Many portable electronic devices ship with limited amounts of storage space. Cameras for example rarely ship with an internal hard drive, instead relying on memory cards to store valuable information. Many Android smartphones and tablets also have a slot where you can stick a memory card in to increase storage space. The issue is that there are so many different types of removable memory cards that it can be challenging to differentiate between them.
This article is an overview of the two most popular types of removable memory cards that most electronics use: SD and CF.
Secure Digital cards, more commonly known as SD cards, are the most popular storage medium for smaller devices like smartphones and most digital cameras. There are three main types of SD card:
- SD Mini
- SD Micro
Regular SD cards are the biggest, at 32mm length and 24mm wide. SD Micro cards are the smallest at 11 mm length and 15mm wide. If you have a device that can support SD cards, it’s important to know what size of card you need. You can usually find this out in the tech specs of the device.
Each size of SD card usually comes in three different types. This designation actually dictates the maximum storage capacity of the card:
- SDSC – SD Standard Capacity – can store up to 2GB of data. Some cards can go as high as 4GB.
- SDHC – SD High Capacity – can store up to 32GB of data.
- SDXC – SD eXtended Capacity – can store up to 2TB (Terabytes) of data, although the highest you will likely see at this time is 128GB.
You can usually tell what type of SD card and the storage capacity by looking at the packaging it comes in. Some cards even have the size printed on the card itself. The key issue to be aware of here is that devices can only support a limited amount of memory. For example, older phones can only support cards up to 32GB. If you buy a card with a 128GB it may not work, or you will only be able to use 32GB of space, depending on the device. So, when buying a card it is recommended that you know what type of card is supported. This can usually be found in the device’s tech specifications.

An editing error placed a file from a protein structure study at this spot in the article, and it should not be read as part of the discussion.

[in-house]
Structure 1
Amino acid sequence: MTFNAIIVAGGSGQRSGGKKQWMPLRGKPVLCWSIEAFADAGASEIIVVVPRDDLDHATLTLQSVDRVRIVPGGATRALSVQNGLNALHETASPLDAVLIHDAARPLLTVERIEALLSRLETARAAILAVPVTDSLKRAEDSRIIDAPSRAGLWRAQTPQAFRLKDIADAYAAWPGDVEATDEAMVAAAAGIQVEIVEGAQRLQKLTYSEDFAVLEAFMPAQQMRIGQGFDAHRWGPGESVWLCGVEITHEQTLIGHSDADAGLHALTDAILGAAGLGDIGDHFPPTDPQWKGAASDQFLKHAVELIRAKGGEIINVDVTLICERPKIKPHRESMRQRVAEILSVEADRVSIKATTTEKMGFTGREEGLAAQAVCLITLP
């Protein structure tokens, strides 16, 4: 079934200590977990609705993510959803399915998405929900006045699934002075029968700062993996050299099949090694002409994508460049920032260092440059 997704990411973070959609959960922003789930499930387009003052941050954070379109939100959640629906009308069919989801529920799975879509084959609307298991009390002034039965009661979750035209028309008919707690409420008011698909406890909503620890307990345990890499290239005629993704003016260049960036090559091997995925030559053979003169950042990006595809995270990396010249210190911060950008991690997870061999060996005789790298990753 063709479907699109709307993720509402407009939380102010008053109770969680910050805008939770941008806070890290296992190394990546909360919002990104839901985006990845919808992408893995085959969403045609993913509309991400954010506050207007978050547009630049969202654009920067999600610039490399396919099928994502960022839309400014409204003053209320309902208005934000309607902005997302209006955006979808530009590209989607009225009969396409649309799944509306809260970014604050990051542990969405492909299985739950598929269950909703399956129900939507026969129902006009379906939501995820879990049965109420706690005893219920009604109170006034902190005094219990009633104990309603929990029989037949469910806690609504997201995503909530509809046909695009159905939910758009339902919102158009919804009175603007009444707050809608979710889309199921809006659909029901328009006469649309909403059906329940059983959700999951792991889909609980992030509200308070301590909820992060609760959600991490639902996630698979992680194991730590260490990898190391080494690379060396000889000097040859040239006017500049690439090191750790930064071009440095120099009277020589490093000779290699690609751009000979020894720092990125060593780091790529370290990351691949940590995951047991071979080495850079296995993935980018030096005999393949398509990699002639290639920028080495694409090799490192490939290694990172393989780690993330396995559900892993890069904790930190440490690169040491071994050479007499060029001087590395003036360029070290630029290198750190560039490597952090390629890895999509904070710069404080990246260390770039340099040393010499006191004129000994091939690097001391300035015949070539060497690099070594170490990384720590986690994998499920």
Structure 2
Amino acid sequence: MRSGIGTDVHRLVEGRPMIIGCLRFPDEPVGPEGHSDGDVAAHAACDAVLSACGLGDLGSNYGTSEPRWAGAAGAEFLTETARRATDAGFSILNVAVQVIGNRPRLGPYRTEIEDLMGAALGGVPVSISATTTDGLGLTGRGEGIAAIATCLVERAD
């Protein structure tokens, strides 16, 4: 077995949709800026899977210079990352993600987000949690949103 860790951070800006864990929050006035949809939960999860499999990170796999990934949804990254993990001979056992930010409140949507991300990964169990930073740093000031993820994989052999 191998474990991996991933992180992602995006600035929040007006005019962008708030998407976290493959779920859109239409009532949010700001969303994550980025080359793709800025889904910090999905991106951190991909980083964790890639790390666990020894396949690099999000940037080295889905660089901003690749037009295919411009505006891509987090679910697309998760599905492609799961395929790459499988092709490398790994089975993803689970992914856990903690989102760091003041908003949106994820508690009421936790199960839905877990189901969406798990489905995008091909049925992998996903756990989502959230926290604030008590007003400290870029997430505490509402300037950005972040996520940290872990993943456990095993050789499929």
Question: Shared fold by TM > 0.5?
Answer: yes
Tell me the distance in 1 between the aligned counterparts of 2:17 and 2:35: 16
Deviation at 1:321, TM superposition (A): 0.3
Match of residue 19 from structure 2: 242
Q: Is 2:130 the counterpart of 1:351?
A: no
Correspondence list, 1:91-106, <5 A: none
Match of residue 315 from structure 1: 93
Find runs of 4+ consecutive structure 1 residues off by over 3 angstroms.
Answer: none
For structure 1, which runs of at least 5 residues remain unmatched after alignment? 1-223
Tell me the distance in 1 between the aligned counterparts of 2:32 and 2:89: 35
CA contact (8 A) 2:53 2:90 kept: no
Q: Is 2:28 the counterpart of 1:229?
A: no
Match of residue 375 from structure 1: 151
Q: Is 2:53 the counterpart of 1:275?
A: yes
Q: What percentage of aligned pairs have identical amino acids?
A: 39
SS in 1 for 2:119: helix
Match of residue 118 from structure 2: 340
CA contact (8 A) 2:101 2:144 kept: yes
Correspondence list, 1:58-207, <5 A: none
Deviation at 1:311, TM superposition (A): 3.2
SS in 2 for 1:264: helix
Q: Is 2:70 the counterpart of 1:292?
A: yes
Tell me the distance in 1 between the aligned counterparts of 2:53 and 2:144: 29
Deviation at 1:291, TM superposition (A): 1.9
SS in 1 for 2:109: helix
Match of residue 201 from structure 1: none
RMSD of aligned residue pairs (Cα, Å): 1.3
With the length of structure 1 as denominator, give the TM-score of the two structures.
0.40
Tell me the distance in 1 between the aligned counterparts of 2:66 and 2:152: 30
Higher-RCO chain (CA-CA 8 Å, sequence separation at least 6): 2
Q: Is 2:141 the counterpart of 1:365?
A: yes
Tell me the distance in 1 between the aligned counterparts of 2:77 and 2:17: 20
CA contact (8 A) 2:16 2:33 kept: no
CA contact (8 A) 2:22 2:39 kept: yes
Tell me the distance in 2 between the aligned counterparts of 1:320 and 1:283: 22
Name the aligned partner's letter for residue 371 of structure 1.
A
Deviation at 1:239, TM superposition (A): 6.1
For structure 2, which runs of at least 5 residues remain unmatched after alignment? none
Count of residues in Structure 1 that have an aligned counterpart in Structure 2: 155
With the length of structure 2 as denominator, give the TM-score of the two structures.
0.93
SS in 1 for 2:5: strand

Another important point to be aware of with SD cards is the write speed – how fast data can be written, or saved, on the card. Manufacturers designate their SD cards in classes. Most manufacturers will use one of five class designations:
- Class 2 – These cards write at 2MB per second.
- Class 4 – These cards write at 4MB per second.
- Class 6 – These cards write at 6MB per second.
- Class 10 – These cards write at 10MB per second.
- UHS (Ultra High Speed) Class 1 – These cards write at 10MB per second and faster.
As a rule of thumb: The higher the class, the faster the read speed and the faster images or data can be saved. Most modern devices require at least a class 6 card, especially if you plan on capturing high definition images and video.
CF, or Compact Flash cards, are traditionally found in higher-end cameras like DSLRs. These cards tend to be much larger than SD cards, measuring 36mm length by 43mm wide. They are generally more robust – able to work harsher conditions – than their smaller SD counterparts.
Currently, CF cards are available with up to 128GB of storage capacity. While this is seemingly lower than SD cards, CF can write data a heck of a lot quicker. Take a look at most CF cards, and you will see the words UDMA – Ultra Direct Memory Access. This technology allows for faster data transfer between the memory card and the device.
There are eight different UDMA numbers which indicate how fast data can be written.
- UDMA – can write at speeds up to 16.7MB per second.
- UDMA 1 – can write at speeds up to 25MB per second.
- UDMA 2 – can write at speeds up to 33.3MB per second.
- UDMA 3 – can write at speeds up to 44.4MB per second.
- UDMA 4 – can write at speeds up to 66.7MB per second.
- UDMA 5 – can write at speeds up to 100MB per second.
- UDMA 6 – can write at speeds up to 133MB per second.
- UDMA 7 – can write at speeds up to 167MB per second.
Currently, most Compact Flash cards are UDMA 7. To figure out how fast the write speed is when looking at a card look at the packaging. It should say UDMA on it, and have the write speed beside it, or on the back.
If you are looking for a new memory card, it’s important to pay attention to what your device’s manufacturer recommends, largely because these cards – both SD and CF – can be expensive.
Looking to learn more about memory? Why not give us a shout, we’d be happy to sit down with you.